James Adams (1979) compiled a list of conceptual blocks, classifying them as perceptual blocks, which confuse data coming from our senses and disrupt the way our mind manages that data, emotional blocks where our emotions and desires interfere with our ability to form thoughts, cultural blocks that place acceptability limitations on what we think and do, environmental blocks where we incur physical distractions, and intellectual and expressive blocks which deal with problem solving strategies. Many blocks also have undesirable side effects because we utilize them as long term strategies rather than short term tactics when prehistoric humankind had to utilize fight/flight responses to mortal dangers. A summary of some of the different types of conceptual blocks are listed in Table 7.
Some of the heuristics listed above assist an individual on an everyday basis to solve problems. They are short cuts in judgments that are convenient and save time by cutting down on the complexity. However the above listed heuristics can also prove to be great flaws in our perception and reasoning as they produce misconceptions. (38)
2.3. Limited Domain Knowledge
Quite often our mental models are flawed, which often lead to individuals using the wrong analogies and therefore missing meaning (Kempton 1986). We often misunderstand how things really work and make decisions based on our misconceptions. Limited domain knowledge can handicap a person in being able to frame a problem (Proffitt et al. 1990). Even if a problem can be framed, we may use the appropriate information, may use it inappropriately or fail to use the information at all to solve the problem. Instruction, training and knowledge in a domain assists our ability to reason within it. However that training within a discipline may not always eliminate mis-beliefs (Kozhevnikov and Hegarty 2001).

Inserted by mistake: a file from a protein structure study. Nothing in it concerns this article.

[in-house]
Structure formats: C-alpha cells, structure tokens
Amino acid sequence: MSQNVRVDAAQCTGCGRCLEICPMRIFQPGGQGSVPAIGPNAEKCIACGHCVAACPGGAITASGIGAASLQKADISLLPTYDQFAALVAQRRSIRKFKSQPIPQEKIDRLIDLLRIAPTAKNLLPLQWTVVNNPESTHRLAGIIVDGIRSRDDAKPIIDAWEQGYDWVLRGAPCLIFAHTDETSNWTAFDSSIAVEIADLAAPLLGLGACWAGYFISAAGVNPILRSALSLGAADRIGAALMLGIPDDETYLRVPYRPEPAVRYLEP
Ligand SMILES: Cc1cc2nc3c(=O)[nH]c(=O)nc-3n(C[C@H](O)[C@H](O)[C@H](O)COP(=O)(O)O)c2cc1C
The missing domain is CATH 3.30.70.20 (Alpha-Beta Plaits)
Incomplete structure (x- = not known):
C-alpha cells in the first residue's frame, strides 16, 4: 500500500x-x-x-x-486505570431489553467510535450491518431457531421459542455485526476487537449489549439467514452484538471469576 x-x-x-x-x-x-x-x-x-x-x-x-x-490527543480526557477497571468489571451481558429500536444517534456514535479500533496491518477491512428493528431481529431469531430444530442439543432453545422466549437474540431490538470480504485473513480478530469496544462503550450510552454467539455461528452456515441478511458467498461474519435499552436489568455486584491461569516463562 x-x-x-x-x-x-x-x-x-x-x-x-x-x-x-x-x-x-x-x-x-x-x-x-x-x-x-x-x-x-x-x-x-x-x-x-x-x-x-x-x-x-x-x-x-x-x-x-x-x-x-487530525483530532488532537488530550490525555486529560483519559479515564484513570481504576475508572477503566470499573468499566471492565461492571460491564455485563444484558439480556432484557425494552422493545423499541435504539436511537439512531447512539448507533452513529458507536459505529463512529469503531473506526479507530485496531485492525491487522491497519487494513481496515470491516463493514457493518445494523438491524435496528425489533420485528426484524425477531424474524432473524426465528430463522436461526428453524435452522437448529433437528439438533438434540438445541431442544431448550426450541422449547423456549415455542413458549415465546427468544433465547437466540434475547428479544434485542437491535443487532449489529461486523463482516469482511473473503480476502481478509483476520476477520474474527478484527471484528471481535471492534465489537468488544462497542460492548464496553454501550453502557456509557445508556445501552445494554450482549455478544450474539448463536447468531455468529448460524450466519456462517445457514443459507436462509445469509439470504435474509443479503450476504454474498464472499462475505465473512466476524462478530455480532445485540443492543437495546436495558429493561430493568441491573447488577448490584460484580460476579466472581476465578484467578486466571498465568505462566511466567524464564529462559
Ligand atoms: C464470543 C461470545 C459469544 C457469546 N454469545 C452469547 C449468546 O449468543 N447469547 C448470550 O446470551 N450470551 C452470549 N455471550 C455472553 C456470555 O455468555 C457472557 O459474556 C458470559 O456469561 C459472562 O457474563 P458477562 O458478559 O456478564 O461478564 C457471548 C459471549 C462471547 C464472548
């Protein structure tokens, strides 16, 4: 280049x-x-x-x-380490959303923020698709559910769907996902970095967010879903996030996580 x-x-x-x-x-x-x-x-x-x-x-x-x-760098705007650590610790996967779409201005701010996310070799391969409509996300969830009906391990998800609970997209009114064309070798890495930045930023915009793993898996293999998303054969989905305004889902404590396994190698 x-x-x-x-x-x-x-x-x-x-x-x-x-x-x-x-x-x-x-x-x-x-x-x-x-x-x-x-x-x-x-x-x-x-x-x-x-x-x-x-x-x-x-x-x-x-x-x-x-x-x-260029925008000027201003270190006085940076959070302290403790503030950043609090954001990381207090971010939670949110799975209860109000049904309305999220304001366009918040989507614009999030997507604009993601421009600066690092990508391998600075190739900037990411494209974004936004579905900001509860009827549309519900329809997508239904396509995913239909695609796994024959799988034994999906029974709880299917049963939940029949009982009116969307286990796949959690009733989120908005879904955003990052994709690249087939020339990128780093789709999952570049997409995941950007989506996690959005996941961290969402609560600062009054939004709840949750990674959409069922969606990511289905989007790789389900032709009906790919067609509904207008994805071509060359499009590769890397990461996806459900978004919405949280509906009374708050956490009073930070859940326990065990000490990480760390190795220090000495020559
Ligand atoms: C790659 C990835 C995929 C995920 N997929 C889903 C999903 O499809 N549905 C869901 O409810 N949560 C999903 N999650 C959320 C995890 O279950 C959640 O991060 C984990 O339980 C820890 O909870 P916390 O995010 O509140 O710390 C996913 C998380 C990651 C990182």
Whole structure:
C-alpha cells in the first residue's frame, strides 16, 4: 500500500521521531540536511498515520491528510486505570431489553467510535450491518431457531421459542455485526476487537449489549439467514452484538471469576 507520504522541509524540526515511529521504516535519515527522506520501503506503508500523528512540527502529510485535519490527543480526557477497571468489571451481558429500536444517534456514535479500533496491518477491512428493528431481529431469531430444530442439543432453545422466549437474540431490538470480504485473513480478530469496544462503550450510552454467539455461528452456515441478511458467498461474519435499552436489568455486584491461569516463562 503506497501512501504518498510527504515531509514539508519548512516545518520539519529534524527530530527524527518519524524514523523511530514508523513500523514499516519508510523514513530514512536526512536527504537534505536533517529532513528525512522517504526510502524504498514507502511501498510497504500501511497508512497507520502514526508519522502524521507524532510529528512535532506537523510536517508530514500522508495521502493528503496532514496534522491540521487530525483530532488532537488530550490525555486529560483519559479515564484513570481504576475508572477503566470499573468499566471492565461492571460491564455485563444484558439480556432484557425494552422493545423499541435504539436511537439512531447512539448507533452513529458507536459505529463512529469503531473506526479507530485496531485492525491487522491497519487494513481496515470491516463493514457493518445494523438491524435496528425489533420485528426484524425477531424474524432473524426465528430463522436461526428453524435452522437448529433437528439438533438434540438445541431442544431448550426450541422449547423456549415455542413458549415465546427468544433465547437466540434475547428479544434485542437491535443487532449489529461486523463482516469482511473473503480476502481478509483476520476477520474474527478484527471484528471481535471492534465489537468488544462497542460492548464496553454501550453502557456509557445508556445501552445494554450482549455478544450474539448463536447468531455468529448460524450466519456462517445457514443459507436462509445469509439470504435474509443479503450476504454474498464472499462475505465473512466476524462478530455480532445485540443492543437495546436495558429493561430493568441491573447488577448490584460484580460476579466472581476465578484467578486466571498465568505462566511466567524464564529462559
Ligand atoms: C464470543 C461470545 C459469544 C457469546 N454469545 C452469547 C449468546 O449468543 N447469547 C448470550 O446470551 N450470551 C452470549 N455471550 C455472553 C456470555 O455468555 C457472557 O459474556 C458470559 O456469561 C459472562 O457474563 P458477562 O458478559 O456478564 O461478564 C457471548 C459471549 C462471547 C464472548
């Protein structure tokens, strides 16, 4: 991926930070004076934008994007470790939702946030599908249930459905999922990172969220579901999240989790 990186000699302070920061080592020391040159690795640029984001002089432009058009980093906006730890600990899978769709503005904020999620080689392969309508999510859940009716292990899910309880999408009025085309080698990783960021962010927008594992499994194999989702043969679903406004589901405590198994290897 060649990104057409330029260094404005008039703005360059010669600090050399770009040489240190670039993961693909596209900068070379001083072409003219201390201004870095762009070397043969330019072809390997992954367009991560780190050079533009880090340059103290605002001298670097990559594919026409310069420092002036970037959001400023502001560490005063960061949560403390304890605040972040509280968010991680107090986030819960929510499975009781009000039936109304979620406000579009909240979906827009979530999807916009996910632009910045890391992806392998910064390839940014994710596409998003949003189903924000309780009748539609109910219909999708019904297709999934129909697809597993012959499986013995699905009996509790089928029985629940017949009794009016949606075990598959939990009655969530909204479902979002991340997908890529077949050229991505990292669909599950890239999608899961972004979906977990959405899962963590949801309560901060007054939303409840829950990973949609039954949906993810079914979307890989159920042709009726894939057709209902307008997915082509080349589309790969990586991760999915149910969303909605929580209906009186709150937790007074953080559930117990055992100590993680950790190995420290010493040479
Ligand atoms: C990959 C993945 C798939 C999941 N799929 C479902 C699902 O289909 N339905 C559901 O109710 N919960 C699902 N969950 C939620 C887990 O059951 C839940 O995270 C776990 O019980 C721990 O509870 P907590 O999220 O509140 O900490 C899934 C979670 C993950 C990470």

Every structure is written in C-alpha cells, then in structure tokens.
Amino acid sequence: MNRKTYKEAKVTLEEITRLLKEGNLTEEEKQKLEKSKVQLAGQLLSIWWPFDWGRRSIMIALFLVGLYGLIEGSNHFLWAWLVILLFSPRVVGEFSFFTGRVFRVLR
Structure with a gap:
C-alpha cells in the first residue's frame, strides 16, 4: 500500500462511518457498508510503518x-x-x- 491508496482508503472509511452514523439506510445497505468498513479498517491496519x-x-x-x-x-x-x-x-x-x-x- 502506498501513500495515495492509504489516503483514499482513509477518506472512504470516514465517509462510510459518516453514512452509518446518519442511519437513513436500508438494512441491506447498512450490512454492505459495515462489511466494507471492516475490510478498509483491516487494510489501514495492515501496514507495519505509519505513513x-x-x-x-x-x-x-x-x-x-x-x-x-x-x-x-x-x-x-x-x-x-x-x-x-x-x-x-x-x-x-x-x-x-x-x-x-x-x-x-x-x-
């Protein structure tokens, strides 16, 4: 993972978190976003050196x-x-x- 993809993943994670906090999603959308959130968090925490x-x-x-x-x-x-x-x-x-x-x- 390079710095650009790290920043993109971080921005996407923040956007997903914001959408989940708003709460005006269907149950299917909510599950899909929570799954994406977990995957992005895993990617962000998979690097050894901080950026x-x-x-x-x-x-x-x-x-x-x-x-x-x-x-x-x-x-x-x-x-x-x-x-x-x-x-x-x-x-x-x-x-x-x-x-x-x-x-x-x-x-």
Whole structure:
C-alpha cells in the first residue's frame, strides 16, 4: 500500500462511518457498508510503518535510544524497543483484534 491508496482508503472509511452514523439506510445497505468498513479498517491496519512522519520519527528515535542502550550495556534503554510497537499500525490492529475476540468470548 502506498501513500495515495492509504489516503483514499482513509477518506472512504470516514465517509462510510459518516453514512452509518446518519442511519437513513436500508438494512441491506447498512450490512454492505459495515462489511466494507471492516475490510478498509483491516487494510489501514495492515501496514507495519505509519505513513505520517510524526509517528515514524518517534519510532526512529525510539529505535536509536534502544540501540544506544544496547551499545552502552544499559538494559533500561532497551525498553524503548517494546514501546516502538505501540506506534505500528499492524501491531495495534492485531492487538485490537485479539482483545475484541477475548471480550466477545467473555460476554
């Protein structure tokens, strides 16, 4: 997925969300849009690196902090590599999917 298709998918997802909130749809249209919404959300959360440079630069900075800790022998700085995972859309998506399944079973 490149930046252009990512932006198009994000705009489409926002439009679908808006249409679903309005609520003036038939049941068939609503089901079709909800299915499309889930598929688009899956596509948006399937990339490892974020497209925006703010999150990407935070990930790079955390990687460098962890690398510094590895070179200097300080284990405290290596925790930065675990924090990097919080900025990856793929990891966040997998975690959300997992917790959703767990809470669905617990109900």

As technology becomes more advanced and problems require a multi-disciplined view to develop a comprehensive understanding, any single individual may lack the knowledge required to deal with the issues involved. Therefore greater reliance on teams that can look at issues from multiple disciplines is desirable. Professionals entering the workforce in the future are likely to have some background in more than one discipline. An example where multiple disciplines are needed is in the case of the analysis of essential oils from plants. Essential oils are natural aromatic substances derived from plants through distillation that exhibit a usually complex odor. To be able to analyze an essential oil, a person needs to understand the domains of chemistry, bio chemistry, botany, thermodynamics, and analytical chemistry (Hunter 1994). The analytical equipment used in the analysis of the essential oil, a Gas Chromatograph Mass-Spectrometer may identify compound X as present. However our botany and biochemistry knowledge enables us to understand whether it is possible for compound X to exist, due to the way the plant synthesizes its metabolites. Consequently another compound with a similar structure may be present in compound X's place, leading to the identification of a different compound (Hunter 2009, p. 160). Figure 29 shows the merging of domains that is required to analyze essential oils within plants. Many tasks are now extremely complex and require synergized views of problems to solve them.